I will not make age an issue of this campaign. I am not going to exploit, for political purposes, my opponent’s youth and inexperience. -Ronald Reagan
After a near tie between Democratic candidates Bernie Sanders and Pete Buttigieg in the Iowa caucuses, and with the New Hampshire first-in-the-nation primary quickly approaching, the divergences between two apparent frontrunners are coming into clearer focus. One of those, however—their four-decade age difference—may be more important to some voters than others.
“I think the reason why you have the two of them up top is you have two candidates who are considered the outsiders,” said Cristiano Sgarbi, 21, a volunteer with the Sanders campaign who took a bus up to Manchester Sunday from Boston, where he studies neuroscience at Northeastern University. “Buttigieg having never worked in Washington; Bernie being the grassroots anti-establishment candidate.”
“I think young people, a lot of them are not siding with a candidate based on age but more about ideology,” Sgarbi added. “Although, yes, it would be cool to seem like we’re represented by somebody closer to us in age, Bernie somehow manages to feel more relatable at times.”
A group of 16 older, self-described “political tourists” from California and Oregon, meanwhile, who made up perhaps a quarter of the crowd at a Buttigieg watch party for the Democratic debate on Friday at the nearby Breezeway Pub in Manchester, were drawn to Mayor Pete because of his relative youth.
“Four years ago, we came out for the Republicans and this year we’re here for the Democrats,” said Gayle Leland of Durham, California. Even though everyone in her group was in their 60s or older, Leland said, “we don’t want to vote for any senior candidates, people over 70.”
Another member of the West Coast contingent, Stephen Johnson of Chico said he is also supporting Buttigieg.
“He seems like he’ll be able to bring the two sides together and compromise,” Johnson said. “He seems like a pretty reasonable guy and I like that he’s young.”
The former South Bend, Indiana, mayor has “an interesting program,” said Jim Patrick, a GOP-leaning Navy veteran in his ’70s from Orinda, California, who sells office supplies and was visiting New Hampshire as a member of the pro-Buttigieg group at the Breezeway.
“Whether it’s viable or not remains to be seen,” he said, “that’s one of the reasons we’re coming to get the flavor of what people think.”
Patrick said neither Buttigieg’s age nor his naval service played a major part in his support for the 38-year-old candidate.
“I sort of thought that with Jimmy Carter. Remember Jimmy Carter? He was a nuclear engineer with the nuclear program in the navy. I thought he’d make a great president. I didn’t think it turned out that way,” Patrick said. “I don’t care if they’re young or old, I want them to have a good mind, to be able to have some good policies.”
Not all Buttigieg supporters are of retirement age—though perhaps the most talkative are. Several younger Buttigieg fans at the Breezeway were willing to say they were in their 20s or 30s, but did not want to be interviewed. Another group of 50 or more at another debate watch party Friday down the street at the Bookery, a Manchester bookstore, also seemed younger on average. Two Buttigieg volunteers printing up forms to sign up more volunteers at the Bookery watch party, however, while willing to say they were “just out of college,” did not want to comment further, referring me to their “comms team.”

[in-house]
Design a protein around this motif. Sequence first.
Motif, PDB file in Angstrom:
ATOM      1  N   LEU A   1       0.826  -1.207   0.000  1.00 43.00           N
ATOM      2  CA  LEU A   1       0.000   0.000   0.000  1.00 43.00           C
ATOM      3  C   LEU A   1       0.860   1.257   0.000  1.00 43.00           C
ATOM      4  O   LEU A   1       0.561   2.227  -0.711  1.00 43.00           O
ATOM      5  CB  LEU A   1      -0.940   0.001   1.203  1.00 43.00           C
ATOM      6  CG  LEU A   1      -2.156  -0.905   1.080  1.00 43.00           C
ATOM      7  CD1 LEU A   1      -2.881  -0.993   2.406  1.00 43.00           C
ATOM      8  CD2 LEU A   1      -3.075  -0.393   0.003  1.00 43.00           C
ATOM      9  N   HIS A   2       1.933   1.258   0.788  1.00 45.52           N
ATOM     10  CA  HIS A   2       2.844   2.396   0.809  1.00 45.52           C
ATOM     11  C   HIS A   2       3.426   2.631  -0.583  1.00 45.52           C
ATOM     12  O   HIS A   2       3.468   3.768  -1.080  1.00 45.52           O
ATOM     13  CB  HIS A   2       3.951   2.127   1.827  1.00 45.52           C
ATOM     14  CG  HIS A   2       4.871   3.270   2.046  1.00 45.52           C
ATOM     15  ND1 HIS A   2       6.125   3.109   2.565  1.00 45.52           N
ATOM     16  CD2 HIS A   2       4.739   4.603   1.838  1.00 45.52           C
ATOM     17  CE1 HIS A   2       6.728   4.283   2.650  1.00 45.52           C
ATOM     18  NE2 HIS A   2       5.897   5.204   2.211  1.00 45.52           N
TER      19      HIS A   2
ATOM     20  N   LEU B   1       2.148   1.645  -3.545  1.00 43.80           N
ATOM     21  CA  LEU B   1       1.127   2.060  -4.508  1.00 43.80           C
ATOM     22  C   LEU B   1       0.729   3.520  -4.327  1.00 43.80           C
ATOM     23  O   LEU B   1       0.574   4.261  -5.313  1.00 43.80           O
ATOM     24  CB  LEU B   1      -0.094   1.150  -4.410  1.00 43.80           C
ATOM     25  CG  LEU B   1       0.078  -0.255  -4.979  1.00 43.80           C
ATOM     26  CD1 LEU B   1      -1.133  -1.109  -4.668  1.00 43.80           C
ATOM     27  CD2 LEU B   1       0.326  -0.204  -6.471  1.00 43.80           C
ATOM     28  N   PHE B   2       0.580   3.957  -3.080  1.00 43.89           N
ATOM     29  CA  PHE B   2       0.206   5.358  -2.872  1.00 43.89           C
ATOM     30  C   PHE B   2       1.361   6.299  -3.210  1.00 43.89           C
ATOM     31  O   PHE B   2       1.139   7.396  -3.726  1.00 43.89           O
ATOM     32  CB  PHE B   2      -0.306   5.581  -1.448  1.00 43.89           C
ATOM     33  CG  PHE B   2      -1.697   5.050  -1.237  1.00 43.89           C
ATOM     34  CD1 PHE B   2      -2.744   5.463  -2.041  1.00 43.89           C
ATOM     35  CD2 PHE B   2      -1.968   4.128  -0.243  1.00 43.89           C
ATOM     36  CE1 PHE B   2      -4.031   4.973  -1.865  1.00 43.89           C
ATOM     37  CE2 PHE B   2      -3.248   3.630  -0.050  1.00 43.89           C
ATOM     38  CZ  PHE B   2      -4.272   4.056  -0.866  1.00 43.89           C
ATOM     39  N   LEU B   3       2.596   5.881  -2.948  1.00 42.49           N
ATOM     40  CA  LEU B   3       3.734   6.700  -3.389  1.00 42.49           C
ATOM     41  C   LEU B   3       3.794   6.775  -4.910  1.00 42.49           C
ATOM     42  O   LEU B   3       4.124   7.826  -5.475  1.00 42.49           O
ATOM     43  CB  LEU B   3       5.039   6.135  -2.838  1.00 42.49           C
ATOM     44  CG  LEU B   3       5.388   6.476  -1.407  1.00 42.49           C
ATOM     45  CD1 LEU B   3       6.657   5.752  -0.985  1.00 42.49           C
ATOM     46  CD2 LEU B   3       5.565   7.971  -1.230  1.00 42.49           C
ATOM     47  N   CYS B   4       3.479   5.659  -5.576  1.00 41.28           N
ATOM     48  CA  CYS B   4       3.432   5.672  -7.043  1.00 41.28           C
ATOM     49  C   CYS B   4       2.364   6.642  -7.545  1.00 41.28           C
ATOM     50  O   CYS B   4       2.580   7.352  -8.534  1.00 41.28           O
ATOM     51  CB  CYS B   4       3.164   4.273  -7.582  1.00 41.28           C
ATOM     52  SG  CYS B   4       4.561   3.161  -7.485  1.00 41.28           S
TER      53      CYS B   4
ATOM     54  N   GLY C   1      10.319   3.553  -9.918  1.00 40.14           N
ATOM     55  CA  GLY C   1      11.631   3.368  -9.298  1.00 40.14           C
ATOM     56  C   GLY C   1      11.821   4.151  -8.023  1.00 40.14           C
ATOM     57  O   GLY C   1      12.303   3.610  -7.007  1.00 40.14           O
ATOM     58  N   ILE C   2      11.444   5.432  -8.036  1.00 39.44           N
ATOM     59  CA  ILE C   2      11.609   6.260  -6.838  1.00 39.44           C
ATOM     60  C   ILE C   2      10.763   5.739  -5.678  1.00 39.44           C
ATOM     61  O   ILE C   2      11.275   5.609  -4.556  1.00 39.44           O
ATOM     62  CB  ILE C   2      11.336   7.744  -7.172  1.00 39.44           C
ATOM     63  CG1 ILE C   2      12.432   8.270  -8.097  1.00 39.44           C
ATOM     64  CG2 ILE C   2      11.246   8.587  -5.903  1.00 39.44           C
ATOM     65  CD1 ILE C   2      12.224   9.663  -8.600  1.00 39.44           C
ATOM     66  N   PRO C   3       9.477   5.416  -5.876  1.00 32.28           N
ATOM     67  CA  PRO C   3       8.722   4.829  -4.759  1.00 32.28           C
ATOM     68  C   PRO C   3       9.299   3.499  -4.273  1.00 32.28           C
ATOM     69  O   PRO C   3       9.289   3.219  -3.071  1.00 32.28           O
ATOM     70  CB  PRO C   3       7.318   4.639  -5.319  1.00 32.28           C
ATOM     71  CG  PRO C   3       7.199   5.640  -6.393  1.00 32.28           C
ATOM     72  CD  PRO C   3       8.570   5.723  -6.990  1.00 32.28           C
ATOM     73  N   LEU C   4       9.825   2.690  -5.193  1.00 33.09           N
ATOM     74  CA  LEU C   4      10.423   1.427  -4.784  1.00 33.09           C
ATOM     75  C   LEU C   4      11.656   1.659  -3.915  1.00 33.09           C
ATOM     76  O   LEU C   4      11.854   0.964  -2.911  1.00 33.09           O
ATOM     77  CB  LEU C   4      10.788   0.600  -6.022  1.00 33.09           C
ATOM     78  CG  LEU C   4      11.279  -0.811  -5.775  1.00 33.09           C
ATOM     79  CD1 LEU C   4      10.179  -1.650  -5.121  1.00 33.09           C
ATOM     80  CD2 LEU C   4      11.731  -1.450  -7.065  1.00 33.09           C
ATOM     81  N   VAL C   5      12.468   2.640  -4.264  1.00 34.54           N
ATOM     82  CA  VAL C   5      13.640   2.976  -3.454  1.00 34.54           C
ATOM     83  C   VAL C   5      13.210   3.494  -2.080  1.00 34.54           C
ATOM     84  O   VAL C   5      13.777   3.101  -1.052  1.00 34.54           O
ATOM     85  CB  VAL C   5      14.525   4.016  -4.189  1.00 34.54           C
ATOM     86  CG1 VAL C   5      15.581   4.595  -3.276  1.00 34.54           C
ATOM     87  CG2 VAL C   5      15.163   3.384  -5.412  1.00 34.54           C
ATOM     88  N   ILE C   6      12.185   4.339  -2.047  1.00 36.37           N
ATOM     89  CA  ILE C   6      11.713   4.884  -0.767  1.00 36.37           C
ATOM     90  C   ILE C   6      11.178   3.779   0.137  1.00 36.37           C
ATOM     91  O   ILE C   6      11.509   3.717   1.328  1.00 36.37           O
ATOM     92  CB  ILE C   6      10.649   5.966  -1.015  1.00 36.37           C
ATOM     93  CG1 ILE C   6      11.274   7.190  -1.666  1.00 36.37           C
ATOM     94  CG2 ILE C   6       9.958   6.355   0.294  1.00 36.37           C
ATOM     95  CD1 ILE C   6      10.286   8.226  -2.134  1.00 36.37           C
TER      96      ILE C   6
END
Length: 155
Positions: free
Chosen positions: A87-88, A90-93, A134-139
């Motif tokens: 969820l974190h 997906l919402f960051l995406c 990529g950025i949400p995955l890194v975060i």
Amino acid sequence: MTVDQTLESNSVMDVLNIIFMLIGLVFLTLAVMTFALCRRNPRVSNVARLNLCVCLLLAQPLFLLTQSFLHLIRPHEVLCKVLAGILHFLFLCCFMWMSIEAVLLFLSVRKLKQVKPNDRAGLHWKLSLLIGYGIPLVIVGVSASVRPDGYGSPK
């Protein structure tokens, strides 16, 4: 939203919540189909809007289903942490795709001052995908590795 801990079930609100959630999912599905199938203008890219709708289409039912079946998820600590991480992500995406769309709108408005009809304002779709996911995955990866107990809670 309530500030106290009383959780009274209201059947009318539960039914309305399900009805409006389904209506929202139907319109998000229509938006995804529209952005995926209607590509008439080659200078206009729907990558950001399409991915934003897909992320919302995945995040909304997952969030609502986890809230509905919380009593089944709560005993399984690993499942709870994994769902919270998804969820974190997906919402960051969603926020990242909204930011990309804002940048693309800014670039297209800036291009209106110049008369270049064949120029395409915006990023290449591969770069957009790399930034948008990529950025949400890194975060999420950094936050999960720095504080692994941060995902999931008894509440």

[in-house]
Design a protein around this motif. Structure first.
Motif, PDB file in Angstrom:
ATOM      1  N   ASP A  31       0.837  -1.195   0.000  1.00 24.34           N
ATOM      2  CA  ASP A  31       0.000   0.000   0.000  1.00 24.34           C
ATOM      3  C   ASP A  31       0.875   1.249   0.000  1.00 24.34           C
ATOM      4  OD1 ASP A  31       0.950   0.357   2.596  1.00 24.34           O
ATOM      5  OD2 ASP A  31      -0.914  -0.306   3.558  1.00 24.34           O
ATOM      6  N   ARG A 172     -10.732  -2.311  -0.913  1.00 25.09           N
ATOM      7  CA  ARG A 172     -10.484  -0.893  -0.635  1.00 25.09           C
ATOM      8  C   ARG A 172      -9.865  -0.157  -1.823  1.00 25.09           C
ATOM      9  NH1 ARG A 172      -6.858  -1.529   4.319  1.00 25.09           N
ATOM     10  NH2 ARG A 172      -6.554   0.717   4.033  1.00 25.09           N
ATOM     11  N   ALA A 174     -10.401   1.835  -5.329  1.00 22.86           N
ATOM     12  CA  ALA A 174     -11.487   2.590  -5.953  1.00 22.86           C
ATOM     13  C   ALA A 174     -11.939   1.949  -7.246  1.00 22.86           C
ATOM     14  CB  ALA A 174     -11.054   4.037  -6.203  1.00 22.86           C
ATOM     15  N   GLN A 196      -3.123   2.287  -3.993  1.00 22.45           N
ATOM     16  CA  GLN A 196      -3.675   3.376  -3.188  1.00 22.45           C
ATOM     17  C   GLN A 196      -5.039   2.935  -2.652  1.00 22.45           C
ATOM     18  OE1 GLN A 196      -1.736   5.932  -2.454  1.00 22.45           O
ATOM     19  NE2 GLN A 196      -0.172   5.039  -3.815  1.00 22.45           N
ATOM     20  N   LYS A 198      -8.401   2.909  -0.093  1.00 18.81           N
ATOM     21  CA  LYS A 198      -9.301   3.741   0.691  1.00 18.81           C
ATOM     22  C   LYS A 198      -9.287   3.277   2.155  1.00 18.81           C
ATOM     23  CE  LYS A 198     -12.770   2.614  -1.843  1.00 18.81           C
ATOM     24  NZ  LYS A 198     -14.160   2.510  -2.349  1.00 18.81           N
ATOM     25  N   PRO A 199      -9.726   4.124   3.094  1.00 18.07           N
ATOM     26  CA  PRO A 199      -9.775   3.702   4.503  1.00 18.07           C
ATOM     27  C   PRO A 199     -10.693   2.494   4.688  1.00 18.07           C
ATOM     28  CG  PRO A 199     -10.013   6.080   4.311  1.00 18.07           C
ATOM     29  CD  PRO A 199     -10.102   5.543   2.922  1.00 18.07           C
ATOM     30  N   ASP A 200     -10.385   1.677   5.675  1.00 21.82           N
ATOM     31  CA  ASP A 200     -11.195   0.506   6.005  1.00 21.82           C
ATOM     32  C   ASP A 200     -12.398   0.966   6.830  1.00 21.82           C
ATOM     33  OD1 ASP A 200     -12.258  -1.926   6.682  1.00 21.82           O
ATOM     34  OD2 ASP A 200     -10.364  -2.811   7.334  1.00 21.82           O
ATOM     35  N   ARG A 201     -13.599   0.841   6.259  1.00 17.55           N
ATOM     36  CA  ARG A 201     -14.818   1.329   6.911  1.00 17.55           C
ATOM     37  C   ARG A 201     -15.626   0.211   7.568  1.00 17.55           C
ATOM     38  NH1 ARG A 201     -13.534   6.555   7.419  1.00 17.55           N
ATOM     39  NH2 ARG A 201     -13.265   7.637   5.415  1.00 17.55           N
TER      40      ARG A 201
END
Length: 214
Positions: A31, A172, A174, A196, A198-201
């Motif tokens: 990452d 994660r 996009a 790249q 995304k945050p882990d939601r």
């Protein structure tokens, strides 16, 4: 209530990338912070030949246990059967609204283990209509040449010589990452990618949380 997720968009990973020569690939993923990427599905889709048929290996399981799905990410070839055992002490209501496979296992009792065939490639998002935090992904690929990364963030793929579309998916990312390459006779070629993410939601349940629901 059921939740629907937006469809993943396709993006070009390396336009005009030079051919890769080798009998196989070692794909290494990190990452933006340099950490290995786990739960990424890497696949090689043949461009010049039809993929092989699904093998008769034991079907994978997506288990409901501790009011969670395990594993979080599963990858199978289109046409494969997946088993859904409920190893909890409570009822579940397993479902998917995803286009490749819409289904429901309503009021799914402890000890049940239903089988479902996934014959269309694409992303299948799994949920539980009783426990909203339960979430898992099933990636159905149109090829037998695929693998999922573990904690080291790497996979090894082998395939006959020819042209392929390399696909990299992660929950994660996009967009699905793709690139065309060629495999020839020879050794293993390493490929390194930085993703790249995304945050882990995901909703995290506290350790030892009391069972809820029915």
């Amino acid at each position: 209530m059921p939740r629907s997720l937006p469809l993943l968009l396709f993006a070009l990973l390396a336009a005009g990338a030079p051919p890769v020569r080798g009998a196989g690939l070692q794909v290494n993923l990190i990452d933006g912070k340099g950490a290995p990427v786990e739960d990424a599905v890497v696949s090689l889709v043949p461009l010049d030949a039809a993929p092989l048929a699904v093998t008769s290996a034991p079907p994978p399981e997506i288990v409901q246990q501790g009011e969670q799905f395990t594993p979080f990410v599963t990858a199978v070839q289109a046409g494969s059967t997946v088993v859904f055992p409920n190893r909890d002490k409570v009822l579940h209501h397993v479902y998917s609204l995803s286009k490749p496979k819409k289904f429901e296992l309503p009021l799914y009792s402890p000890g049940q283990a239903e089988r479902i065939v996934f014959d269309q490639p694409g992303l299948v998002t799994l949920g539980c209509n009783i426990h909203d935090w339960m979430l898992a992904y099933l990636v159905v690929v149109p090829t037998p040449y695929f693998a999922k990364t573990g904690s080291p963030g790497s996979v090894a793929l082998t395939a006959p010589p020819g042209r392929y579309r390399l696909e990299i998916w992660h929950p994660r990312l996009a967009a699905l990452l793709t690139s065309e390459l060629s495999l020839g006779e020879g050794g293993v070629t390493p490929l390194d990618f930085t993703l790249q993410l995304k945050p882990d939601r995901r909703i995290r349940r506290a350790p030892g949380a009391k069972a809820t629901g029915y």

Nancy Brennan, an older Sanders supporter and retired high school theater teacher who is originally from Massachusetts but now lives in Weare, New Hampshire, was demonstrating Saturday in support of Sanders outside the Southern New Hampshire University Arena. She had heard from Buttigieg supporters that his age is part of his appeal.
“My impression of Pete is that he’s one of those politicians that tries to say what he thinks people want to hear,” Brennan said. “I’ve talked to a lot of people because I’ve done a lot of canvassing, and a lot of the people that like Pete, they like him because he’s young. That’s what they like. They say Bernie’s too old.”
Steve Denis, a 23-year-old who is originally from Rhode Island but lives in Manchester, where he teaches business classes, was also demonstrating in support of Sanders on Saturday, and said Buttigieg’s age was not the most important factor in deciding who to vote for.
“When he got in the race I was excited to be seeing another young guy who had some, you know, unpopular ideas like abolishing the Electoral College, but the second you start taking money from corporate interests, you’re out of it for me,” Denis said. “When you’re doing fundraisers in wine caves and have 40 billionaires on your side, I would say that’s establishment.”
Sgarbi, the 21-year-old Sanders volunteer, acknowledged that Sanders’ health is a concern for some voters due to his age, but not for him.
“Like people say as well, age is just a number, so I think, you know, he’s healthy now and I think if he felt there was any possibility of him not being able to serve to the best of his ability in the next five years, let’s say, he would’ve dropped out and he wouldn’t be running at all,” Sgarbi said.
“Despite him being so old, he’s a man on a mission, and he really seems like the last standing figure of real change that I want to follow.”
This article was produced by the Boston Institute for Nonprofit Journalism as part of its Manchester Divided coverage of political activity around New Hampshire’s first-in-the-nation primary. Follow our coverage @BINJreports on Twitter and at binjonline.org/manchesterdivided, and if you want to see more citizens agenda-driven reporting you can contribute at givetobinj.org.
Jonathan Riley is a contributing writer to DigBoston and the Boston Institute for Nonprofit Journalism and editor of the Morning Sun newspaper in Pittsburg, Kansas.